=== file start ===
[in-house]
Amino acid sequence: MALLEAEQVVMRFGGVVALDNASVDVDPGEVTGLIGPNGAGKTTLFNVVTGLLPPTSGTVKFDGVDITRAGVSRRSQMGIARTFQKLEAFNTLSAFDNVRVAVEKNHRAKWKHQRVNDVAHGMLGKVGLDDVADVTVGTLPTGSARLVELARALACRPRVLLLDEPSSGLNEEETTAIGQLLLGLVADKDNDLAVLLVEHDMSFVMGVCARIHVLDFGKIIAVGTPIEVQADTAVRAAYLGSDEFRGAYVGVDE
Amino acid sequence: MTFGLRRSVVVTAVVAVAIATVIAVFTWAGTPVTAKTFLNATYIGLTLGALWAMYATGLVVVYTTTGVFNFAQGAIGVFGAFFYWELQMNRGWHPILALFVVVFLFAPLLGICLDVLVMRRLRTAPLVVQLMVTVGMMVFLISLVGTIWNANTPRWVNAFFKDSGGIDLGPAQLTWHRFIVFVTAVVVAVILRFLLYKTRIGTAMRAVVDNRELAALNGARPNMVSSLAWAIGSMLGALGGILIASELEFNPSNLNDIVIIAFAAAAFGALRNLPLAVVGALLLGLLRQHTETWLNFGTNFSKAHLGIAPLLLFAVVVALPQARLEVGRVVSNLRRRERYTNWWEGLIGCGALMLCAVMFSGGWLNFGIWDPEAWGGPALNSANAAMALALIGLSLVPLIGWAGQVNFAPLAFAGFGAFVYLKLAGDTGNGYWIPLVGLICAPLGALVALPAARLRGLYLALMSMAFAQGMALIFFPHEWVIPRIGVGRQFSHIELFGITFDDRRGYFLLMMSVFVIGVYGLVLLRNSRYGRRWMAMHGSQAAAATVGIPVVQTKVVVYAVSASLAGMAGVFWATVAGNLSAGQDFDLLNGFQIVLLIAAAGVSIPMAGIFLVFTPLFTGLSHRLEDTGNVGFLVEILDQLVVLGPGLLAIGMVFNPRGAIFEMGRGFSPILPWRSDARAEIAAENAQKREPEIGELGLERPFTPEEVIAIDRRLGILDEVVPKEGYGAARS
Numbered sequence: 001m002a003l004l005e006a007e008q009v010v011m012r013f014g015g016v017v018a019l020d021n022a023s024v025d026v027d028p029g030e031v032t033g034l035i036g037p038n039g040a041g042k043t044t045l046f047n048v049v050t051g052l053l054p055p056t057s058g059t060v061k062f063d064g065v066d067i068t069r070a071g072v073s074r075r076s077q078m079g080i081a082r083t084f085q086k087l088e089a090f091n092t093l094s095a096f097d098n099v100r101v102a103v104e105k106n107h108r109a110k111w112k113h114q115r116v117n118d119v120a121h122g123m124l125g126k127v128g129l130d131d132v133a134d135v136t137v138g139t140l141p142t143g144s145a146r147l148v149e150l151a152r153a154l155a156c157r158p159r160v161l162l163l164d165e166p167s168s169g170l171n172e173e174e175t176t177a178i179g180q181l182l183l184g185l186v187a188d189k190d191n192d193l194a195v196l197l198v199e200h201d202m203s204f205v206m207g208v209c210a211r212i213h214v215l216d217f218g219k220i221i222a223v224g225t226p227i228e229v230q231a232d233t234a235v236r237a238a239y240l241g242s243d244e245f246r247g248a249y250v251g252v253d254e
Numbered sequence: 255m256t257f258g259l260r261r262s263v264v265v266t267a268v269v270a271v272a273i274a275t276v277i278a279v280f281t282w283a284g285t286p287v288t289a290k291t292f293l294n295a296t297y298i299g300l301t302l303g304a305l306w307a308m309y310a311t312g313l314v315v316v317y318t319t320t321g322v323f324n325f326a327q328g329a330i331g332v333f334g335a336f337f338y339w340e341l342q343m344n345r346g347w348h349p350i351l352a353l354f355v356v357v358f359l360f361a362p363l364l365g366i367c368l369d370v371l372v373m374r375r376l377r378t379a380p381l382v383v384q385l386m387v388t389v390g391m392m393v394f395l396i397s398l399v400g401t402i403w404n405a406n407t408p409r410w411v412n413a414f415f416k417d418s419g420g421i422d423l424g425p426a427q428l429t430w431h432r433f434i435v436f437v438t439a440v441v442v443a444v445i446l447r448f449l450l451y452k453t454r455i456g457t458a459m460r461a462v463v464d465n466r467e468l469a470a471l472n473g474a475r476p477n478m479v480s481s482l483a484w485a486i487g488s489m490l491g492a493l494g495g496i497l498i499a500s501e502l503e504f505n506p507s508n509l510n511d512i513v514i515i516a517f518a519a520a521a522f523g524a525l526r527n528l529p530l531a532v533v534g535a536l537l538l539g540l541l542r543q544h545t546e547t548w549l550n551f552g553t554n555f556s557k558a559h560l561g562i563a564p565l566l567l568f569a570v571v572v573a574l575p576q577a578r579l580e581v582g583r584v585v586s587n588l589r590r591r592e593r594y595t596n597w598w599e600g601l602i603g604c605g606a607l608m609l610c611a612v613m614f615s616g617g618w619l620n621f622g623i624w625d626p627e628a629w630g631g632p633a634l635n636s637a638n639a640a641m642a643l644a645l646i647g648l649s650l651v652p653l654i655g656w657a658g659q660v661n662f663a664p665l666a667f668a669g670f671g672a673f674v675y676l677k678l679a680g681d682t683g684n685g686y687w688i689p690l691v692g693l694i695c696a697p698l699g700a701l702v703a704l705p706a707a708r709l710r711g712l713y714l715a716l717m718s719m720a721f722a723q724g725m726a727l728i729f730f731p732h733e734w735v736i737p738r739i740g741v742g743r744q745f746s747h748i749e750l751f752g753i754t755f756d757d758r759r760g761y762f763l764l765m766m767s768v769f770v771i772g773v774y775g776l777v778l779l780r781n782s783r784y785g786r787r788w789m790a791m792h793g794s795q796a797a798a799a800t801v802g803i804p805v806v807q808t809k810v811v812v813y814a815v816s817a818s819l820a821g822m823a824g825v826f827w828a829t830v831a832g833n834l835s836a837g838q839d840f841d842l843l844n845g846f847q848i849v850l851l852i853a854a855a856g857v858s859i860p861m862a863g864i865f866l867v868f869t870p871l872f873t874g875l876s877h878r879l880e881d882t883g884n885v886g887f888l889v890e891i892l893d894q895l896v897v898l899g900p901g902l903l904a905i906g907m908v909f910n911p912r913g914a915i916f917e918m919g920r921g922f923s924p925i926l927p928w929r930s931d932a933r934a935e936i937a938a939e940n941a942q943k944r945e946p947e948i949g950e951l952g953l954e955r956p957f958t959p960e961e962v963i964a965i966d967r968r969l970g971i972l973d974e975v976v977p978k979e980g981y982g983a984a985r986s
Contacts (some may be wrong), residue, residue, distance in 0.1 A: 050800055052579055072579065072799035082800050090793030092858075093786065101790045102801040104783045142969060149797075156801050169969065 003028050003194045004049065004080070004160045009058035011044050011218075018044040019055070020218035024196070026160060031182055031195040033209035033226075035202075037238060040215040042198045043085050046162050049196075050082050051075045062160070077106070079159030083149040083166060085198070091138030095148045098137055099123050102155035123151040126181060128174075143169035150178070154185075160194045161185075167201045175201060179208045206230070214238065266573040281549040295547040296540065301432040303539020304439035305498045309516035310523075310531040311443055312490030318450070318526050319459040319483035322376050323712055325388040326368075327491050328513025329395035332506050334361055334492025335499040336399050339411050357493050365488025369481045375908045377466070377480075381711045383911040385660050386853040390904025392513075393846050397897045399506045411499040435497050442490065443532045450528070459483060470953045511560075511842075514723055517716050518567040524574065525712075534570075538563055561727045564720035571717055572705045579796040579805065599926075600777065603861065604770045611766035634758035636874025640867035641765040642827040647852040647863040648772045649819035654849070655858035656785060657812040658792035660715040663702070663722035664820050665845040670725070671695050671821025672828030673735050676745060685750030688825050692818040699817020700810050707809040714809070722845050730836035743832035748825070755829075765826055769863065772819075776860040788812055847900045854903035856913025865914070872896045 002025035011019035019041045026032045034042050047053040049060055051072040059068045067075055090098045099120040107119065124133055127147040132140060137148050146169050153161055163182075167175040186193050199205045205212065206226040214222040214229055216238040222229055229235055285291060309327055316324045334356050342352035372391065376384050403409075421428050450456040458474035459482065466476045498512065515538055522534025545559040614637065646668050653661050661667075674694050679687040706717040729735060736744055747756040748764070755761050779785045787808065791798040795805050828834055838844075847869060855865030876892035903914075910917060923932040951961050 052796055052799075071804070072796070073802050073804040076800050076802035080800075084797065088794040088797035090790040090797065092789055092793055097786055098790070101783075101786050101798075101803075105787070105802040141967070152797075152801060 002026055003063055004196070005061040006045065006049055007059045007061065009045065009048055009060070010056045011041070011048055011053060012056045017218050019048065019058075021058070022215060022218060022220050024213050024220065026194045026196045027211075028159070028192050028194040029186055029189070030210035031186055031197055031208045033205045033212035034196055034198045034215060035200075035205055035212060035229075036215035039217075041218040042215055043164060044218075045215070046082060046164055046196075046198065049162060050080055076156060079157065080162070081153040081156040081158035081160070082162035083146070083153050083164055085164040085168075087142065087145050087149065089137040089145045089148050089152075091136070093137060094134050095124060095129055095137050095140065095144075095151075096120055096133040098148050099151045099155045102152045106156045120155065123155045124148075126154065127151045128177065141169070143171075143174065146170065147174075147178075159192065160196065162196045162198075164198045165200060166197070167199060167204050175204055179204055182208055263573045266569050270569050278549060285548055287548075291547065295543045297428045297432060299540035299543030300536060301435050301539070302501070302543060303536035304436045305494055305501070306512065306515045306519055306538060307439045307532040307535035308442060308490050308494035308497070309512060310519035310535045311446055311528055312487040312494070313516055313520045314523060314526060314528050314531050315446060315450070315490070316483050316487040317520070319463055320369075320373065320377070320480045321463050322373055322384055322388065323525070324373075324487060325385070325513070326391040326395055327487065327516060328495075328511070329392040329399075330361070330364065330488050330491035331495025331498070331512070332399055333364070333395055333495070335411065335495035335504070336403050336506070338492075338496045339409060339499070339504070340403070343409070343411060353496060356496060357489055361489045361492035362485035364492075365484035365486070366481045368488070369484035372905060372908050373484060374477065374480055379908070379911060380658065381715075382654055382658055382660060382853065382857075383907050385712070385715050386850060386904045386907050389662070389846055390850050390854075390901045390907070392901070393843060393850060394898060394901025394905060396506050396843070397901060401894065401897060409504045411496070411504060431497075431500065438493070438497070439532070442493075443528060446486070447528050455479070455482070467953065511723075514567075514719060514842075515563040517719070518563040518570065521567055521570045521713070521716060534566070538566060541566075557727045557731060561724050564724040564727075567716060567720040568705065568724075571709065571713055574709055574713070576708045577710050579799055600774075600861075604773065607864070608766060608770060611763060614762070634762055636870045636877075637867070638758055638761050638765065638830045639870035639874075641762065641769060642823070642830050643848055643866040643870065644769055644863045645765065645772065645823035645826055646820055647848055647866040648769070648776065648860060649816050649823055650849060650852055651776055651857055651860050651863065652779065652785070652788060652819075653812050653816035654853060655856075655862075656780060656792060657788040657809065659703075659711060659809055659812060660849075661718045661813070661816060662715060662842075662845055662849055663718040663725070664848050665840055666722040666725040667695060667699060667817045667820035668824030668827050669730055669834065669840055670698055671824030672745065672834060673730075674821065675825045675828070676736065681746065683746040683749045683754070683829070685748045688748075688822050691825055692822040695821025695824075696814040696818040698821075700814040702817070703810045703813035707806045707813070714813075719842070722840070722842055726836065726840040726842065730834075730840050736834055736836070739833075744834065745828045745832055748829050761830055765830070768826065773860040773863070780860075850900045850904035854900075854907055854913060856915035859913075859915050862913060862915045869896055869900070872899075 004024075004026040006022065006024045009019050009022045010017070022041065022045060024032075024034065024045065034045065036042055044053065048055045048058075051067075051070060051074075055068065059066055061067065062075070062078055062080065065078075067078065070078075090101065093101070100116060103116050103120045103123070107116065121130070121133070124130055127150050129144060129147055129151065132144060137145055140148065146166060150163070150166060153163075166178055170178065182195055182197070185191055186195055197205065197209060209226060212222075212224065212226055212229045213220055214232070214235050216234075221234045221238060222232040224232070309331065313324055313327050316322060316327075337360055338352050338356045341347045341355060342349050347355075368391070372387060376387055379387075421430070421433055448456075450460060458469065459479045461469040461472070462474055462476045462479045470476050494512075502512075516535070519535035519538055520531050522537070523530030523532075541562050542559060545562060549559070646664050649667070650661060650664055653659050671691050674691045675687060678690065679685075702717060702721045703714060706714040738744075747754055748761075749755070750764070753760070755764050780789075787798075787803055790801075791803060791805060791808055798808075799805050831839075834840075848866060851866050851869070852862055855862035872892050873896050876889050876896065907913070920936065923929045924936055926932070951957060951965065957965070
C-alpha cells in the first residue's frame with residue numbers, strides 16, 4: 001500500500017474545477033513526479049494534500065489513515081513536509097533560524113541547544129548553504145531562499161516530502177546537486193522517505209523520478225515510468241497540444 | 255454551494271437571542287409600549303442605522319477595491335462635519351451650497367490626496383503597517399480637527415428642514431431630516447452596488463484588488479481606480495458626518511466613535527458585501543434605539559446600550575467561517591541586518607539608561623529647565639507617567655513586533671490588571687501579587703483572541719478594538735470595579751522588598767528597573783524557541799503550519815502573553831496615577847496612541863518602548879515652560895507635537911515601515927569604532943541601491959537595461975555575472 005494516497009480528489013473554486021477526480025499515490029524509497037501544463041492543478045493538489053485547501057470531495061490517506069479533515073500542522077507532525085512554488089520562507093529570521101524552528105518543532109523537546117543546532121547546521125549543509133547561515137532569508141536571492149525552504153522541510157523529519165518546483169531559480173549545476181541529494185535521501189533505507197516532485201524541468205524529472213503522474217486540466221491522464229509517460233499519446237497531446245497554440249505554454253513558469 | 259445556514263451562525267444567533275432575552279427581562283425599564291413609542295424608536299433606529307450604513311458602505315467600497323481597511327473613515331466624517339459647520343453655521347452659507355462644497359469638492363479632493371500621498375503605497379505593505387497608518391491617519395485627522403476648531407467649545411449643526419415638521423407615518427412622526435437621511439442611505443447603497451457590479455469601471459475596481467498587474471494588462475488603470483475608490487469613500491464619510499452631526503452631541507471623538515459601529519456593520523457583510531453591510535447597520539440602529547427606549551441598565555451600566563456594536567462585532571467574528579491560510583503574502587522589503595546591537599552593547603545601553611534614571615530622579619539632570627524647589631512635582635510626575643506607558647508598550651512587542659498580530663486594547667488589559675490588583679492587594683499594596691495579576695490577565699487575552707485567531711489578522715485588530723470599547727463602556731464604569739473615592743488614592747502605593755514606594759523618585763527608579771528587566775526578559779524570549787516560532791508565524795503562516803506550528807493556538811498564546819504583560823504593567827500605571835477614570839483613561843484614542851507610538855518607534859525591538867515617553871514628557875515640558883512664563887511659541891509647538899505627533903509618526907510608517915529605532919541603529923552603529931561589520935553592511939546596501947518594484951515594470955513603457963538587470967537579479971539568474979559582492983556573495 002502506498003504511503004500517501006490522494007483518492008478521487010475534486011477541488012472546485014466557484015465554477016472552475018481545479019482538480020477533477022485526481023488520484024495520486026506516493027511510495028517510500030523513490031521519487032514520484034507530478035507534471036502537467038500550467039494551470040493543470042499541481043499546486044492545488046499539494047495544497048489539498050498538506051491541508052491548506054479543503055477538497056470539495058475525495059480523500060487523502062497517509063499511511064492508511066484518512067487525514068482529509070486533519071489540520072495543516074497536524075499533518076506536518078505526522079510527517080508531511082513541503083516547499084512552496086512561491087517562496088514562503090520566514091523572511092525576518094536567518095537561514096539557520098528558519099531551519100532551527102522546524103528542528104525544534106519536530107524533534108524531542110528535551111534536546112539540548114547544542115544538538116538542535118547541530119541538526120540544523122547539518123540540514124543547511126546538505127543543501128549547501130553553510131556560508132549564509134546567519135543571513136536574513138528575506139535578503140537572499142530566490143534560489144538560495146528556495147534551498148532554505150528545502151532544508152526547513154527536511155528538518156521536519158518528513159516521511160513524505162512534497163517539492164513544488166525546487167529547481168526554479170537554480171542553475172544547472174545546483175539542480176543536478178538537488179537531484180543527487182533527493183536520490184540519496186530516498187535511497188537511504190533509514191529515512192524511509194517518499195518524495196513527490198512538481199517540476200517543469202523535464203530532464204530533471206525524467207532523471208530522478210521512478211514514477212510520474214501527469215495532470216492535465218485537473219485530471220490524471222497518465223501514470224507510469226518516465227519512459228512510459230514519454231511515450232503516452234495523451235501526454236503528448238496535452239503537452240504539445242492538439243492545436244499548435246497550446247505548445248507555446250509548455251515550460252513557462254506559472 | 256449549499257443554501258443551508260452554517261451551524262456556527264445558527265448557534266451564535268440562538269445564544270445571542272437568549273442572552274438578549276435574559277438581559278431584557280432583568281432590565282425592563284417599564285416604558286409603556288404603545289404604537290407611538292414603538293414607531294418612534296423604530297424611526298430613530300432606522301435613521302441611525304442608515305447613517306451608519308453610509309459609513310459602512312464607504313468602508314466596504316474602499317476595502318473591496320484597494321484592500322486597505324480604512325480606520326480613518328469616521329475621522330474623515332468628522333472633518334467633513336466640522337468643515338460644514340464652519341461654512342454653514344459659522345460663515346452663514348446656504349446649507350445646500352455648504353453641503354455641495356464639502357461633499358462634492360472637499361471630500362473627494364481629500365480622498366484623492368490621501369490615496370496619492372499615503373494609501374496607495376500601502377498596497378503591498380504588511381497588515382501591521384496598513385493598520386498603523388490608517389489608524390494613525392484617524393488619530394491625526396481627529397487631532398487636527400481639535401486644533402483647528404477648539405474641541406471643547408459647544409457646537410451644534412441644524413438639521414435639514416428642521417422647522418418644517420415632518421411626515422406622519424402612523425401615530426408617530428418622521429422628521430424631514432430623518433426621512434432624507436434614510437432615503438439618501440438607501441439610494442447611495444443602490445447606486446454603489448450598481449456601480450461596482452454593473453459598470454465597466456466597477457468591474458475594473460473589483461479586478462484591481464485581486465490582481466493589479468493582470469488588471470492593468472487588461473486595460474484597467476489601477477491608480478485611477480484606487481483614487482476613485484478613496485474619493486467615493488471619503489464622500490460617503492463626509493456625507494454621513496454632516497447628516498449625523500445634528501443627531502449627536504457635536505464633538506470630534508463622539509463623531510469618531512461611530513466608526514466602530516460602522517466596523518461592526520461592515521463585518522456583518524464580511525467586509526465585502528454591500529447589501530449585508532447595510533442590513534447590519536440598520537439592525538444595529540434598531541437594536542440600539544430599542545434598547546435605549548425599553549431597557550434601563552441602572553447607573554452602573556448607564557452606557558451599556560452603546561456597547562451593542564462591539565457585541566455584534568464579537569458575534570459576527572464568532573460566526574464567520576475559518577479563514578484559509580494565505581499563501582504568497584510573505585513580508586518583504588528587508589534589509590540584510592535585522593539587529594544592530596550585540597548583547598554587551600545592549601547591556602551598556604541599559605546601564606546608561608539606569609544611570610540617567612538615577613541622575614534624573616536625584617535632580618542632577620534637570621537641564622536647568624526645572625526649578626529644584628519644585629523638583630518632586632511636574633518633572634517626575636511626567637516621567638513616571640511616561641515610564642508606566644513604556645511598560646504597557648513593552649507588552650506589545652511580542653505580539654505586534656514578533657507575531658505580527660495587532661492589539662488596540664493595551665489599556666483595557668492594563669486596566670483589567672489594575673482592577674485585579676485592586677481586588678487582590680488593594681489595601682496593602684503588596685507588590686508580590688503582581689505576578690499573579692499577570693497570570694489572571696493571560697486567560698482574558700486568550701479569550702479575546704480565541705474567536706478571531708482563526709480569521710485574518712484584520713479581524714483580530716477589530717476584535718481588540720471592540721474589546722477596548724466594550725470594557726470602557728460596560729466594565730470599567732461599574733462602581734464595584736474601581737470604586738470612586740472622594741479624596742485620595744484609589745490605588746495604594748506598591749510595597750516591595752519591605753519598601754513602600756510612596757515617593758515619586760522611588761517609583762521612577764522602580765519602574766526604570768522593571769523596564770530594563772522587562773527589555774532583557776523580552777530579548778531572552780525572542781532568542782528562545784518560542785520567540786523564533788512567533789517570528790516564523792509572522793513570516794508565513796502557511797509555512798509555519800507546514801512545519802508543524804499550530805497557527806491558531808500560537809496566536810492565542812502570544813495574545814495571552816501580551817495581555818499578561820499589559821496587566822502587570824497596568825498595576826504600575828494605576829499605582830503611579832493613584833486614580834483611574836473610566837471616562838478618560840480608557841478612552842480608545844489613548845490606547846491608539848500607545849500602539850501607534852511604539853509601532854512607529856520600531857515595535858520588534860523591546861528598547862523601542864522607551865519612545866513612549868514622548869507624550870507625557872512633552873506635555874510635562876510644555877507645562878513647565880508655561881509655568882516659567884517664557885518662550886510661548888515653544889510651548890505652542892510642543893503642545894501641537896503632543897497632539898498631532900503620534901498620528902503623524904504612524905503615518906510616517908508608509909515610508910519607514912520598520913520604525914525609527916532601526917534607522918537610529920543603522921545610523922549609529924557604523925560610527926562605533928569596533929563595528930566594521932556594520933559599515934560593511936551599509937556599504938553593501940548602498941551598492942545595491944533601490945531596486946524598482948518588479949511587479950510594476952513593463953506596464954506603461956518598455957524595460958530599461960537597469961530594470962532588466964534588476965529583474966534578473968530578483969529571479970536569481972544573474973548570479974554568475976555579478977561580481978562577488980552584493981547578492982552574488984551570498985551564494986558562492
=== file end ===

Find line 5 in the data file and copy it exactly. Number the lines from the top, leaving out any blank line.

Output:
Numbered sequence: 255m256t257f258g259l260r261r262s263v264v265v266t267a268v269v270a271v272a273i274a275t276v277i278a279v280f281t282w283a284g285t286p287v288t289a290k291t292f293l294n295a296t297y298i299g300l301t302l303g304a305l306w307a308m309y310a311t312g313l314v315v316v317y318t319t320t321g322v323f324n325f326a327q328g329a330i331g332v333f334g335a336f337f338y339w340e341l342q343m344n345r346g347w348h349p350i351l352a353l354f355v356v357v358f359l360f361a362p363l364l365g366i367c368l369d370v371l372v373m374r375r376l377r378t379a380p381l382v383v384q385l386m387v388t389v390g391m392m393v394f395l396i397s398l399v400g401t402i403w404n405a406n407t408p409r410w411v412n413a414f415f416k417d418s419g420g421i422d423l424g425p426a427q428l429t430w431h432r433f434i435v436f437v438t439a440v441v442v443a444v445i446l447r448f449l450l451y452k453t454r455i456g457t458a459m460r461a462v463v464d465n466r467e468l469a470a471l472n473g474a475r476p477n478m479v480s481s482l483a484w485a486i487g488s489m490l491g492a493l494g495g496i497l498i499a500s501e502l503e504f505n506p507s508n509l510n511d512i513v514i515i516a517f518a519a520a521a522f523g524a525l526r527n528l529p530l531a532v533v534g535a536l537l538l539g540l541l542r543q544h545t546e547t548w549l550n551f552g553t554n555f556s557k558a559h560l561g562i563a564p565l566l567l568f569a570v571v572v573a574l575p576q577a578r579l580e581v582g583r584v585v586s587n588l589r590r591r592e593r594y595t596n597w598w599e600g601l602i603g604c605g606a607l608m609l610c611a612v613m614f615s616g617g618w619l620n621f622g623i624w625d626p627e628a629w630g631g632p633a634l635n636s637a638n639a640a641m642a643l644a645l646i647g648l649s650l651v652p653l654i655g656w657a658g659q660v661n662f663a664p665l666a667f668a669g670f671g672a673f674v675y676l677k678l679a680g681d682t683g684n685g686y687w688i689p690l691v692g693l694i695c696a697p698l699g700a701l702v703a704l705p706a707a708r709l710r711g712l713y714l715a716l717m718s719m720a721f722a723q724g725m726a727l728i729f730f731p732h733e734w735v736i737p738r739i740g741v742g743r744q745f746s747h748i749e750l751f752g753i754t755f756d757d758r759r760g761y762f763l764l765m766m767s768v769f770v771i772g773v774y775g776l777v778l779l780r781n782s783r784y785g786r787r788w789m790a791m792h793g794s795q796a797a798a799a800t801v802g803i804p805v806v807q808t809k810v811v812v813y814a815v816s817a818s819l820a821g822m823a824g825v826f827w828a829t830v831a832g833n834l835s836a837g838q839d840f841d842l843l844n845g846f847q848i849v850l851l852i853a854a855a856g857v858s859i860p861m862a863g864i865f866l867v868f869t870p871l872f873t874g875l876s877h878r879l880e881d882t883g884n885v886g887f888l889v890e891i892l893d894q895l896v897v898l899g900p901g902l903l904a905i906g907m908v909f910n911p912r913g914a915i916f917e918m919g920r921g922f923s924p925i926l927p928w929r930s931d932a933r934a935e936i937a938a939e940n941a942q943k944r945e946p947e948i949g950e951l952g953l954e955r956p957f958t959p960e961e962v963i964a965i966d967r968r969l970g971i972l973d974e975v976v977p978k979e980g981y982g983a984a985r986s